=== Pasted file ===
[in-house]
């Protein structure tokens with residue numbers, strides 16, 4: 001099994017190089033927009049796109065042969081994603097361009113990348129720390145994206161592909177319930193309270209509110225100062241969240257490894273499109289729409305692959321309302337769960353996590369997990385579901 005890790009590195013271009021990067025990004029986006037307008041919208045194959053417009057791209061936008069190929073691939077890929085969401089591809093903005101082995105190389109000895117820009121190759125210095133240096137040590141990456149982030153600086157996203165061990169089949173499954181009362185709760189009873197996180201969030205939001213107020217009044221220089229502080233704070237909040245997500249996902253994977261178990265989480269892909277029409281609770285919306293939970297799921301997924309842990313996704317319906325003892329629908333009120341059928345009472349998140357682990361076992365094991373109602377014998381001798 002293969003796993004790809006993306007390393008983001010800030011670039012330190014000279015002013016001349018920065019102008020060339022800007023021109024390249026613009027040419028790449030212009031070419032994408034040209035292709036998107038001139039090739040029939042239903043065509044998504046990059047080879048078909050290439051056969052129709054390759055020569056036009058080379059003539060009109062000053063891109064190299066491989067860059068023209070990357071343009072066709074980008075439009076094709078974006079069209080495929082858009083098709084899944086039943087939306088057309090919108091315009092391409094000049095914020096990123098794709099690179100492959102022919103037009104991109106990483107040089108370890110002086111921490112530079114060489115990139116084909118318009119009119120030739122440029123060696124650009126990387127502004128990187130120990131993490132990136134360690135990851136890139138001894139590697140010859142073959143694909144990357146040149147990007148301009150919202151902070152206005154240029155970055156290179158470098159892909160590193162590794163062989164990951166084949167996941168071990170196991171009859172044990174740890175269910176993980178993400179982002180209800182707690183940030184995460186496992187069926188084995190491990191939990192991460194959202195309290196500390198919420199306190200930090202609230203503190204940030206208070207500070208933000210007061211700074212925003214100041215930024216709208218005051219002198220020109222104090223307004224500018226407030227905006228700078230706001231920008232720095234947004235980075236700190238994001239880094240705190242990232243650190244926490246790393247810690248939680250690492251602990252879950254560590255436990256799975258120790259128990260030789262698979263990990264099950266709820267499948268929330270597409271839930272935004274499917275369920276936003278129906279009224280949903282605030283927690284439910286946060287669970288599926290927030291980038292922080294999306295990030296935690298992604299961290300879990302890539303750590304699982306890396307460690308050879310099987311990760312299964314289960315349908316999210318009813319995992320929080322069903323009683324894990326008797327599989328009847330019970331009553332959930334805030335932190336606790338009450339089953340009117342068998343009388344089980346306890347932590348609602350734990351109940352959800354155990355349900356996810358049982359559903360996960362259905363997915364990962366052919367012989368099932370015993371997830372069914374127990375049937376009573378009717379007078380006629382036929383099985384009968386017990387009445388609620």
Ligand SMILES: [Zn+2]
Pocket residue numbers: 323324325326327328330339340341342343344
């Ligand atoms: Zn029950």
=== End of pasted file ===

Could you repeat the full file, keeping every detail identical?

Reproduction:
[in-house]
């Protein structure tokens with residue numbers, strides 16, 4: 001099994017190089033927009049796109065042969081994603097361009113990348129720390145994206161592909177319930193309270209509110225100062241969240257490894273499109289729409305692959321309302337769960353996590369997990385579901 005890790009590195013271009021990067025990004029986006037307008041919208045194959053417009057791209061936008069190929073691939077890929085969401089591809093903005101082995105190389109000895117820009121190759125210095133240096137040590141990456149982030153600086157996203165061990169089949173499954181009362185709760189009873197996180201969030205939001213107020217009044221220089229502080233704070237909040245997500249996902253994977261178990265989480269892909277029409281609770285919306293939970297799921301997924309842990313996704317319906325003892329629908333009120341059928345009472349998140357682990361076992365094991373109602377014998381001798 002293969003796993004790809006993306007390393008983001010800030011670039012330190014000279015002013016001349018920065019102008020060339022800007023021109024390249026613009027040419028790449030212009031070419032994408034040209035292709036998107038001139039090739040029939042239903043065509044998504046990059047080879048078909050290439051056969052129709054390759055020569056036009058080379059003539060009109062000053063891109064190299066491989067860059068023209070990357071343009072066709074980008075439009076094709078974006079069209080495929082858009083098709084899944086039943087939306088057309090919108091315009092391409094000049095914020096990123098794709099690179100492959102022919103037009104991109106990483107040089108370890110002086111921490112530079114060489115990139116084909118318009119009119120030739122440029123060696124650009126990387127502004128990187130120990131993490132990136134360690135990851136890139138001894139590697140010859142073959143694909144990357146040149147990007148301009150919202151902070152206005154240029155970055156290179158470098159892909160590193162590794163062989164990951166084949167996941168071990170196991171009859172044990174740890175269910176993980178993400179982002180209800182707690183940030184995460186496992187069926188084995190491990191939990192991460194959202195309290196500390198919420199306190200930090202609230203503190204940030206208070207500070208933000210007061211700074212925003214100041215930024216709208218005051219002198220020109222104090223307004224500018226407030227905006228700078230706001231920008232720095234947004235980075236700190238994001239880094240705190242990232243650190244926490246790393247810690248939680250690492251602990252879950254560590255436990256799975258120790259128990260030789262698979263990990264099950266709820267499948268929330270597409271839930272935004274499917275369920276936003278129906279009224280949903282605030283927690284439910286946060287669970288599926290927030291980038292922080294999306295990030296935690298992604299961290300879990302890539303750590304699982306890396307460690308050879310099987311990760312299964314289960315349908316999210318009813319995992320929080322069903323009683324894990326008797327599989328009847330019970331009553332959930334805030335932190336606790338009450339089953340009117342068998343009388344089980346306890347932590348609602350734990351109940352959800354155990355349900356996810358049982359559903360996960362259905363997915364990962366052919367012989368099932370015993371997830372069914374127990375049937376009573378009717379007078380006629382036929383099985384009968386017990387009445388609620």
Ligand SMILES: [Zn+2]
Pocket residue numbers: 323324325326327328330339340341342343344
């Ligand atoms: Zn029950």